Key vitamins, nutrients and other good stuff is locked in when foods are frozen fresh. After just five days in the fridge, “fresh” produce counterparts loose vitamin A, vitamin C and folate.
Once frozen, produce and meals are no longer in a race against the freshness clock. Mealtime simply becomes more convenient. Frozen meals are easy to store – easy to make on the Recipient’s own schedule.
Frozen in time
Frozen food stays better for way longer. Ice is nature’s pause button and is perfect for the unpredictable, busy lifestyles of the real world.
Price drop – Savings
Because it’s easier to prepare and store, frozen foods end up saving money with much less waste. Less food going bad, more time to enjoy mealtime – it’s a win on all fronts.
Rest assured, science is on the side of frozen and you can be, too. We’ve tried our vendors’ frozen meals and we haven’t tasted a meal we didn’t like. We trust your Recipient will feel the same!
Warm someone’s heart, today!
5 Reasons Frozen Food is Better than Fresh, Veestro.com
People dream of having a post go viral. However, this is a nightmare you want to avoid.
An expectant Philadelphia couple recently went viral for an eyebrow-raising request. In a post on another site like FoodTidings.com, the husband explained that he and his wife were expecting their first child — and, as social media users were fast to point out, expecting a lot from their neighbors, too. In his note, he asked for volunteers to help support them — via 30+ specific meals, emotional support and house chores. This was met with a cynical eye, to say the least.
In fact, their post was viciously ridiculed online. Given the backlash that was unleashed via national news outlets, I’m guessing that many new soon-to-be parents or people dealing with an illness might be hesitant to ask for help.
However, let me assure you – it’s OK to ask your friends, family members, neighbors and even co-workers for support. You just have to do it graciously.
We were meant to do life together. When somebody is sick or has a baby, we want to rally around them. Although, asking complete strangers for food, then being very specific with what you want, feels demanding; especially in our tone-deaf, electronic world.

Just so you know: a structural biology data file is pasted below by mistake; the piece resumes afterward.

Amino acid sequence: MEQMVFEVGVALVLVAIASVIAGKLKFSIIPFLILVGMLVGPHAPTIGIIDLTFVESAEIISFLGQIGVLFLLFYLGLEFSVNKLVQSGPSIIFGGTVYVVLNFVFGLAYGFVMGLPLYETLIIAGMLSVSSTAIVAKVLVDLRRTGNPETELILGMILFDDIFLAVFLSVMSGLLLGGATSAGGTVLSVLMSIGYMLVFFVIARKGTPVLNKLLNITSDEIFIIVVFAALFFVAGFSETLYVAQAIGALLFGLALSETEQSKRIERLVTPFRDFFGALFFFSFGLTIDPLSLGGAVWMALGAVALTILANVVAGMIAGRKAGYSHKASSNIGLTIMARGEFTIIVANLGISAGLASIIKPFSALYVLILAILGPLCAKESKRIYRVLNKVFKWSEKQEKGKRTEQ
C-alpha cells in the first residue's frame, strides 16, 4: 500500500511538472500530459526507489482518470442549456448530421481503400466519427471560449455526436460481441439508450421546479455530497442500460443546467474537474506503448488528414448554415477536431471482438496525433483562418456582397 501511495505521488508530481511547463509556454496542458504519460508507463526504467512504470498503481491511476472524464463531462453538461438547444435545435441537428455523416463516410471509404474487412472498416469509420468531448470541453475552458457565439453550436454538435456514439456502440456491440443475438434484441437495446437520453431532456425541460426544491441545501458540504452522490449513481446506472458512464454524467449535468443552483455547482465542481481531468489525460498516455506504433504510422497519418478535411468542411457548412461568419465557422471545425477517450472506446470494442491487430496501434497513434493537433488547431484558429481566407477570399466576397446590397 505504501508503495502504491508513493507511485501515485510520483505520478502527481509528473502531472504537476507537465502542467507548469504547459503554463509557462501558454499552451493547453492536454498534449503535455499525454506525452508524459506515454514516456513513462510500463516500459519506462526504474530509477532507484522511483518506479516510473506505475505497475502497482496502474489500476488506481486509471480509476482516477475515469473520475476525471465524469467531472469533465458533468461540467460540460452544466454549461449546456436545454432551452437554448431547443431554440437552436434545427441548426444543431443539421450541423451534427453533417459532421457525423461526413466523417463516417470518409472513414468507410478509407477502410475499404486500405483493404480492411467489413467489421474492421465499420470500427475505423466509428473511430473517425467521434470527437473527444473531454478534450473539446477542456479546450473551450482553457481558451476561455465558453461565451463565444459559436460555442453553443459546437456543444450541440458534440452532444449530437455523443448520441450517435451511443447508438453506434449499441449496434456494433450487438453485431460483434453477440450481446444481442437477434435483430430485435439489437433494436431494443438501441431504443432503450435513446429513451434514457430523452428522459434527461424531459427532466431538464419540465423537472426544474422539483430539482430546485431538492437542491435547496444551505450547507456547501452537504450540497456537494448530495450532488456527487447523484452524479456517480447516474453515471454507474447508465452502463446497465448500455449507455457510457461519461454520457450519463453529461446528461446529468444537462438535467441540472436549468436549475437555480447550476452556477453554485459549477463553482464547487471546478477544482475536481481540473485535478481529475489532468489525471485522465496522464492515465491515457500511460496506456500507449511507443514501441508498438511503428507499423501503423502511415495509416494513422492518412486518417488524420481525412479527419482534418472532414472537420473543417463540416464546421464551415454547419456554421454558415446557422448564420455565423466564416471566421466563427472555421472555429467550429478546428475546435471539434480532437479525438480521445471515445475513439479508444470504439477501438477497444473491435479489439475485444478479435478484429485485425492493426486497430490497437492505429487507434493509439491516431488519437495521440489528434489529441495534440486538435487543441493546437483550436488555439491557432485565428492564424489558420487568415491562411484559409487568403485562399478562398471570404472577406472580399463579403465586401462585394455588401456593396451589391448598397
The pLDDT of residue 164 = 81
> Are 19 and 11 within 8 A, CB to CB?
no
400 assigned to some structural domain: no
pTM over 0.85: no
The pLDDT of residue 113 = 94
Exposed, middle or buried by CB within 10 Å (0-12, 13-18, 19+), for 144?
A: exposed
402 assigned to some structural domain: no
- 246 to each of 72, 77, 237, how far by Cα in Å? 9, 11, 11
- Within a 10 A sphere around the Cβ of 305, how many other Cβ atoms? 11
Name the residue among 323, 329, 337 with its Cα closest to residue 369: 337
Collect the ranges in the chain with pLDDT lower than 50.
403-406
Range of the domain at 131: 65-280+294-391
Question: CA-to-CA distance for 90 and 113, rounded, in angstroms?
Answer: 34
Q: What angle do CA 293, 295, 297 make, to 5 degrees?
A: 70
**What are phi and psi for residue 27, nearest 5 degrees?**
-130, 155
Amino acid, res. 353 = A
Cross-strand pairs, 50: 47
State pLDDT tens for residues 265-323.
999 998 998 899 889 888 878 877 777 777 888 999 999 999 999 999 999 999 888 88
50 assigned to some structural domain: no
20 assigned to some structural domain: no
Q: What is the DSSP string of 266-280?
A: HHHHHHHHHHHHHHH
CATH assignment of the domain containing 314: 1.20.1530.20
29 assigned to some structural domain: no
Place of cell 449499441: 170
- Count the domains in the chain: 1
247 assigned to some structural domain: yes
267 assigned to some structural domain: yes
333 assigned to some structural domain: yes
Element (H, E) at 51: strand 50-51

Whether you are about to have a baby, have a surgery scheduled or are dealing with a chronic illness, here are basic tips in asking for help – whether it’s online or in person:
“You just have to do it graciously.”Leading with humility, grace and love smooths the path for support.
It can seem aggressive to personally post links all over message boards and social media sites. Rather, have a friend, family member, co-worker or church volunteer be the “Organizer”. Let somebody be your advocate and rally people on your behalf. Let them share, “Hey, our friend is going to be recovering over the next couple of weeks, let’s help.”
While it’s ideal for someone else to organize support on your behalf, the reality is when it comes to getting the word out, you or someone in your immediate family are often in the best position to reach your community. Generally, no one else will conveniently have access to all your contacts. You can very tastefully give support info by sharing something like, “Thank you to all who have offered to help our family, we are so grateful. My good friend asked me to share this with you…” (then, include the FoodTidings link or other info you are sharing). This is totally acceptable, and appreciated by those that know you.
Supporters appreciate direction. Adding notes about dietary or medical restrictions are necessary (no one wants to make a condition worse!) and mentioning favorite foods or restaurants is super helpful. Asking strangers to make specific recipes is less reasonable; especially if there’s not a medical need.
To be clear, trying to eat “clean” or “Keto” is most often a choice, not a mandatory need. Chances are that you’ll cheat on any diet, at some point. Someone offering to make a meal for you is a great day not to be legalistic and to just enjoy the gift. You can hop right back on your “cleaner” wagon as soon as you are able.